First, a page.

One common issue when growing strawberries is that they tend to rot very easily. When watering your strawberry plants make a point to water at the base to lessen issues with waterlogged leaves. Strawberries need a lot of water so consider using a watering globe if growing your strawberries in pots to make them easier to maintain.

To keep your fruit from rotting you need to keep the berries up off of the wet soil. In planters, the best way to do this is to hang the berries offer the edge of your planner. For large garden beds, mulch is your friend. Mulch or straw allows the berries to rest on the ground while keeping them dry and healthy so your berries do not rot before they are ready to pick.

Protecting your strawberry plants from birds

Birds are one of the biggest issues when growing strawberries. This is an easy issue to deal with if you find that your neighborhood birds are enjoying your strawberries before you can. You can use tricks to scare birds from your garden like placing up a string of cans that will clank in the wind or pull out the big guns and get some bird netting to protect your garden.

Protecting your strawberry plants from bugs.

Ants, slugs, and other pests love sweet juicy strawberries. One thing to be mindful of for protecting your strawberries is that if the berry begins to rot they will attract insects.

Keeping your berries up off the ground with a layer of mulch or straw and harvesting ripe berries often before their fragrance can alert ants to their presence is the best way to protect your berries from bugs. You can use simple bear traps to help deal with slugs and snails after your berries.

How to grow more strawberries

While this may be sad to hear the best thing you can do to grow more strawberries is to take off all of the flowers in your first year. This will let the roots become more established and give you a much larger harvest in your 2nd year.

How to pick strawberries

Sweat Summertime Strawberry Jam

When picking strawberries, it’s important to handle them gently to avoid bruising and damaging the fruit. Here are the basic steps to picking strawberries:

Look for ripe strawberries

When strawberries are ready to be picked, they will be bright red and fully ripened. They should also be slightly soft to the touch. Avoid strawberries that are still green or white, as they are not fully ripe.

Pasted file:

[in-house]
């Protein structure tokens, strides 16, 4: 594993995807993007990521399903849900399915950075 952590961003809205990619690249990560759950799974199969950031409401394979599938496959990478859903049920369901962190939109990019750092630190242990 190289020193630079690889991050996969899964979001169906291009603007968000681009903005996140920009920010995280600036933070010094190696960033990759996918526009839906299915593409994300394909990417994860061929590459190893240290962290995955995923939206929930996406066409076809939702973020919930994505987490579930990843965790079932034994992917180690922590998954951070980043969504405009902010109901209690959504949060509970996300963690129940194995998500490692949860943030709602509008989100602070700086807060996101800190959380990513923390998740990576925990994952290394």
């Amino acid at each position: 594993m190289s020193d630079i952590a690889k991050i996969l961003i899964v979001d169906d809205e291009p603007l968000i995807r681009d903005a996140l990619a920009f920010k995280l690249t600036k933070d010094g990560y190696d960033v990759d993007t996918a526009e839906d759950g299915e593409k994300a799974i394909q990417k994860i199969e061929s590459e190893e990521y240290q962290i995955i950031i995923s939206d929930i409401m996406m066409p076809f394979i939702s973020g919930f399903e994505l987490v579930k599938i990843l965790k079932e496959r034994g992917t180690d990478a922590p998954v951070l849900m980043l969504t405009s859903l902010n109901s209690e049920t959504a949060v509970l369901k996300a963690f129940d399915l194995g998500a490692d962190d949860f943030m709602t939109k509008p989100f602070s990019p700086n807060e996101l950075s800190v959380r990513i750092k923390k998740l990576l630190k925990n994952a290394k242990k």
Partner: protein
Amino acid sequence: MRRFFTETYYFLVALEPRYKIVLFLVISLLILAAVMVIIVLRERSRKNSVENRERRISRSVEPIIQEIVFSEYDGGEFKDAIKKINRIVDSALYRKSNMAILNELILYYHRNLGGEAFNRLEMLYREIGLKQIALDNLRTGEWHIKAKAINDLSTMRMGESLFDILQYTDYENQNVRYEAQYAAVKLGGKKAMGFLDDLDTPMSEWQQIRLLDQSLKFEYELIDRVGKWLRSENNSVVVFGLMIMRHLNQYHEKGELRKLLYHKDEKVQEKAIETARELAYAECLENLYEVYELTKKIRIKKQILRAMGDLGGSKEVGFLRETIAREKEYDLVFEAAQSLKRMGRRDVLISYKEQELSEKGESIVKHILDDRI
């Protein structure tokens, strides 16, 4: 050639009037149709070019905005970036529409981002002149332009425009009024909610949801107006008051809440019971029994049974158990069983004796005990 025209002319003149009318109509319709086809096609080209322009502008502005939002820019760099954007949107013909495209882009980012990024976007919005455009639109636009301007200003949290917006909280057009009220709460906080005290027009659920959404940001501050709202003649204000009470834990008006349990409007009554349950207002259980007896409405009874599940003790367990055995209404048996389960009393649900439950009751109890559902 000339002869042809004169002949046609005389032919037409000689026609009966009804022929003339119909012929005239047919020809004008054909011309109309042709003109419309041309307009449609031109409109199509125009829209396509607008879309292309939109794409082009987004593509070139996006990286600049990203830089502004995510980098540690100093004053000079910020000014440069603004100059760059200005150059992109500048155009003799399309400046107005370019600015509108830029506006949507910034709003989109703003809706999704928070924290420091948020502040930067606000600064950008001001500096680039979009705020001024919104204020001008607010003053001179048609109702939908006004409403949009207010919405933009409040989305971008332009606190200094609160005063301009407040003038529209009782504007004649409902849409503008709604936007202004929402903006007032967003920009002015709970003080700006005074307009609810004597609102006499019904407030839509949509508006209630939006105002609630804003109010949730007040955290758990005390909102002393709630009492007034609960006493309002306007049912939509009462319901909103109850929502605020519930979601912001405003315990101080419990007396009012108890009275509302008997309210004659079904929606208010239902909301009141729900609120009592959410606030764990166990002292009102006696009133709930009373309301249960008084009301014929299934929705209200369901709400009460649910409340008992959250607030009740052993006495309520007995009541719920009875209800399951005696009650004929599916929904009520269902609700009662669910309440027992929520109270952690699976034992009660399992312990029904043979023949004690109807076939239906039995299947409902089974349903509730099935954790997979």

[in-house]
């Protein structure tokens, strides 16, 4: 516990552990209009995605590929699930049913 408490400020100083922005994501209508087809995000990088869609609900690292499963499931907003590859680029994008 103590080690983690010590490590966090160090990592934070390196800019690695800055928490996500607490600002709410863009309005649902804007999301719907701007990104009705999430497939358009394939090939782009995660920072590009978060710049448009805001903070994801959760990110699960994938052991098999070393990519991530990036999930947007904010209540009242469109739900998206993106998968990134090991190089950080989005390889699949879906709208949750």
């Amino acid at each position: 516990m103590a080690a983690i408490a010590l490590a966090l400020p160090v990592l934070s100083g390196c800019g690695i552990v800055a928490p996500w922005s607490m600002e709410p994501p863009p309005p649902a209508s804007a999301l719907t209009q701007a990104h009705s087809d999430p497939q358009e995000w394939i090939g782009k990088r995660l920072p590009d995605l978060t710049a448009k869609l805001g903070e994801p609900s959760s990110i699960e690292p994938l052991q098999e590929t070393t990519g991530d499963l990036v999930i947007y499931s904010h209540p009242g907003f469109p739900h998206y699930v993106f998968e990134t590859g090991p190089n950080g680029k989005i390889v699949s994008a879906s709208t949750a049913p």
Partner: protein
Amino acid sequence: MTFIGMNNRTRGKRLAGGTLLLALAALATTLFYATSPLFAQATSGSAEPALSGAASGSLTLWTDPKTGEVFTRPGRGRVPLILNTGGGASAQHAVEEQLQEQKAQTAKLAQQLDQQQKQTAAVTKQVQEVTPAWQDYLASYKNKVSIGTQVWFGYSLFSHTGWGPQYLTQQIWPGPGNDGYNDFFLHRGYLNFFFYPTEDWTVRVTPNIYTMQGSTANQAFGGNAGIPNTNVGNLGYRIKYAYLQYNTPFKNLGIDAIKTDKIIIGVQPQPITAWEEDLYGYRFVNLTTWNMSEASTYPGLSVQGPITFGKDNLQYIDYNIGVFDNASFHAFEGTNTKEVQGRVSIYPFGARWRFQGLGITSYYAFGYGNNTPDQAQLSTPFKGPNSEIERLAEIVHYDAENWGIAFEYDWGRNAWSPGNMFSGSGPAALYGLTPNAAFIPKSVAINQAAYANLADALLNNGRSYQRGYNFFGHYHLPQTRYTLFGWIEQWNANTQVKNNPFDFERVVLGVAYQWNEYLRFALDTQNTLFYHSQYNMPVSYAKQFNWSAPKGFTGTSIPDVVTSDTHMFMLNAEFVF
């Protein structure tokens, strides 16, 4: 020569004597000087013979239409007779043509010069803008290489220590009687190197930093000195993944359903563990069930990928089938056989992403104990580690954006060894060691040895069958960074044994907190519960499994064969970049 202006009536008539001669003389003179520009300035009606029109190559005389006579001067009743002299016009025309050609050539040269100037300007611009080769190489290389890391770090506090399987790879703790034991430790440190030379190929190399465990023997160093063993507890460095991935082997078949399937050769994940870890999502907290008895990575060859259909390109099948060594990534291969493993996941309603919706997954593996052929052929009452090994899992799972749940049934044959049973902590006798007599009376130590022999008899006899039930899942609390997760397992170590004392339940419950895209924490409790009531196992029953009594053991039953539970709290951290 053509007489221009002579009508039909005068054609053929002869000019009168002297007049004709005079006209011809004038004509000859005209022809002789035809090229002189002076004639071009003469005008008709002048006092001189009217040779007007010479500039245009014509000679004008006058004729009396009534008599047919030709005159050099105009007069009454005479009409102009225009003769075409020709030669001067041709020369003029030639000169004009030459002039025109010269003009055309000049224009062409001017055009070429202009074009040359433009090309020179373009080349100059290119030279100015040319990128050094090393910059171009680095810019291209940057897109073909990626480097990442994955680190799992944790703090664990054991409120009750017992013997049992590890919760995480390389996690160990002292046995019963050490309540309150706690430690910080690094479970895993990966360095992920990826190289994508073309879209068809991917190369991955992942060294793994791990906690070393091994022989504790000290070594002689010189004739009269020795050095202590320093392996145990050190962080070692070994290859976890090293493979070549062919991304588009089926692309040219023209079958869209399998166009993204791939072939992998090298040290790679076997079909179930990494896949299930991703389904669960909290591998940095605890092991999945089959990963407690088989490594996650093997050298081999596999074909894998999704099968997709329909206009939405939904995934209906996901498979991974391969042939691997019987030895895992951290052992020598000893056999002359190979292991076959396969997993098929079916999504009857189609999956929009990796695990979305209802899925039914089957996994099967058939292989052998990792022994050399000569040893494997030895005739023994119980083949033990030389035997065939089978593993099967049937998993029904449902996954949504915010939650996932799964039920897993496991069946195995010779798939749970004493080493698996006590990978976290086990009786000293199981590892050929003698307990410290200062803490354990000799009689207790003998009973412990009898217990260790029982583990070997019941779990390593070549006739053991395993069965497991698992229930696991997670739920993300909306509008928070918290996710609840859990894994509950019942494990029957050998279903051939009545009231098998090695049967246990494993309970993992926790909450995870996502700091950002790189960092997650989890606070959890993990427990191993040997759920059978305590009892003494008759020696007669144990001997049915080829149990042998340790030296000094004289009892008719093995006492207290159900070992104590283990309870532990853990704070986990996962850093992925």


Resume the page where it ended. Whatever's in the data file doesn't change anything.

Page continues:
Hold the stem

Grasp the stem just above the strawberry between your thumb and forefinger. Be careful not to squeeze the fruit.

Twist and pull

Give the strawberry a gentle twist and pull it away from the plant. Don’t pull too hard, as you may damage the plant or the fruit.

Check for any damage

After picking, examine the strawberries for any damage or signs of rot. Remove any damaged berries to prevent them from spoiling the rest.

Rinse the strawberries

Before eating or storing the strawberries, rinse them gently in cool water to remove any dirt or debris.

It’s best to pick strawberries in the morning when the fruit is cool and dry. Avoid picking strawberries on hot, sunny afternoons, as the fruit can become soft and easily bruised in the heat. It’s also important to harvest strawberries regularly to ensure that they don’t become overripe or spoil on the plant.

How long does it take strawberries to grow

Strawberries typically take 3-4 weeks to germinate, and then another 4-6 weeks to produce fruit after that. The exact time it takes for strawberries to grow can depend on several factors, including the specific variety of strawberry, growing conditions, and climate.

What PH level should your soil be for strawberries?

The ideal soil pH for growing strawberries is between 5.5 and 6.5. Soil that is too acidic (below 5.5) or too alkaline (above 6.5) can result in poor plant growth, reduced fruit production, and nutrient deficiencies. It’s important to test your soil pH before planting strawberries and make any necessary adjustments to ensure the pH falls within the ideal range.

You can test your soil pH using a soil test kit or by sending a soil sample to a testing laboratory. If your soil is too acidic, you can add lime to raise the pH. If it’s too alkaline, you can add sulfur or other acidifying agents to lower the pH.

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We are looking forward to a bountiful harvest out of the homestead garden. Are you growing strawberries this year?